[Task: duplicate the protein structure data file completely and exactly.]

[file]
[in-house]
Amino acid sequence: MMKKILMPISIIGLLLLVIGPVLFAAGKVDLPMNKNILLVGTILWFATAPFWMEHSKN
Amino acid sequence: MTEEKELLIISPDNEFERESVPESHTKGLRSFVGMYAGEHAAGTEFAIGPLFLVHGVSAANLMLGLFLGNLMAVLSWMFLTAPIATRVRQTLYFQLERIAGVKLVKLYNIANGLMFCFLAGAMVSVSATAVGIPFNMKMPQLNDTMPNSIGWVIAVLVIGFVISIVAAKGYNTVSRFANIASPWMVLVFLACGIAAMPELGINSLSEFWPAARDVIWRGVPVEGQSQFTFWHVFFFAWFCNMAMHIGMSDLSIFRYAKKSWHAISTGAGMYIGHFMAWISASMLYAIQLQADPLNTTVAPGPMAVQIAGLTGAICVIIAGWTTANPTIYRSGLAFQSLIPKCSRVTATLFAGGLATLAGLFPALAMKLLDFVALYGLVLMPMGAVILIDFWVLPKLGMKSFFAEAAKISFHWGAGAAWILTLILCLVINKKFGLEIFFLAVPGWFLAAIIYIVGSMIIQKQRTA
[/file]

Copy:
[in-house]
Amino acid sequence: MMKKILMPISIIGLLLLVIGPVLFAAGKVDLPMNKNILLVGTILWFATAPFWMEHSKN
Amino acid sequence: MTEEKELLIISPDNEFERESVPESHTKGLRSFVGMYAGEHAAGTEFAIGPLFLVHGVSAANLMLGLFLGNLMAVLSWMFLTAPIATRVRQTLYFQLERIAGVKLVKLYNIANGLMFCFLAGAMVSVSATAVGIPFNMKMPQLNDTMPNSIGWVIAVLVIGFVISIVAAKGYNTVSRFANIASPWMVLVFLACGIAAMPELGINSLSEFWPAARDVIWRGVPVEGQSQFTFWHVFFFAWFCNMAMHIGMSDLSIFRYAKKSWHAISTGAGMYIGHFMAWISASMLYAIQLQADPLNTTVAPGPMAVQIAGLTGAICVIIAGWTTANPTIYRSGLAFQSLIPKCSRVTATLFAGGLATLAGLFPALAMKLLDFVALYGLVLMPMGAVILIDFWVLPKLGMKSFFAEAAKISFHWGAGAAWILTLILCLVINKKFGLEIFFLAVPGWFLAAIIYIVGSMIIQKQRTA